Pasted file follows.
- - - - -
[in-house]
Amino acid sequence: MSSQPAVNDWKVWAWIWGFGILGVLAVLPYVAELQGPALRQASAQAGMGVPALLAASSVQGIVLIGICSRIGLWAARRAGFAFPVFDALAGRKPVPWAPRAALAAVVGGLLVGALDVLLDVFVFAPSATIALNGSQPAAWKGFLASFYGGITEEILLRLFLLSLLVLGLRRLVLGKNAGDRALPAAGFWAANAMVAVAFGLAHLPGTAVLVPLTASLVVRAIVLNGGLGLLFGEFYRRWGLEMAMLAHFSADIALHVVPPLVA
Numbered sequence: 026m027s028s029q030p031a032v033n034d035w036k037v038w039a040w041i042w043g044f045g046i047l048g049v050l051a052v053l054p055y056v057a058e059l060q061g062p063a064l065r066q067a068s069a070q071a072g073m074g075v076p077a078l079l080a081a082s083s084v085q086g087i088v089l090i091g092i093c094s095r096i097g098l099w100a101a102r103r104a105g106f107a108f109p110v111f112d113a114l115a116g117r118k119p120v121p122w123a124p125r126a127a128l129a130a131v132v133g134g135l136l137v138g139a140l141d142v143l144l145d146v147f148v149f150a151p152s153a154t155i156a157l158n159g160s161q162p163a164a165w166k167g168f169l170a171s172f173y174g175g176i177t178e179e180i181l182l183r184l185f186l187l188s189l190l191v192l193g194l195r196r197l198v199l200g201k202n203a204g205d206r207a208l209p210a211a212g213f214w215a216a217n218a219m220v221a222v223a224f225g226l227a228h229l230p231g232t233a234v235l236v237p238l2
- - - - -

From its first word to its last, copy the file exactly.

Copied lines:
[in-house]
Amino acid sequence: MSSQPAVNDWKVWAWIWGFGILGVLAVLPYVAELQGPALRQASAQAGMGVPALLAASSVQGIVLIGICSRIGLWAARRAGFAFPVFDALAGRKPVPWAPRAALAAVVGGLLVGALDVLLDVFVFAPSATIALNGSQPAAWKGFLASFYGGITEEILLRLFLLSLLVLGLRRLVLGKNAGDRALPAAGFWAANAMVAVAFGLAHLPGTAVLVPLTASLVVRAIVLNGGLGLLFGEFYRRWGLEMAMLAHFSADIALHVVPPLVA
Numbered sequence: 026m027s028s029q030p031a032v033n034d035w036k037v038w039a040w041i042w043g044f045g046i047l048g049v050l051a052v053l054p055y056v057a058e059l060q061g062p063a064l065r066q067a068s069a070q071a072g073m074g075v076p077a078l079l080a081a082s083s084v085q086g087i088v089l090i091g092i093c094s095r096i097g098l099w100a101a102r103r104a105g106f107a108f109p110v111f112d113a114l115a116g117r118k119p120v121p122w123a124p125r126a127a128l129a130a131v132v133g134g135l136l137v138g139a140l141d142v143l144l145d146v147f148v149f150a151p152s153a154t155i156a157l158n159g160s161q162p163a164a165w166k167g168f169l170a171s172f173y174g175g176i177t178e179e180i181l182l183r184l185f186l187l188s189l190l191v192l193g194l195r196r197l198v199l200g201k202n203a204g205d206r207a208l209p210a211a212g213f214w215a216a217n218a219m220v221a222v223a224f225g226l227a228h229l230p231g232t233a234v235l236v237p238l2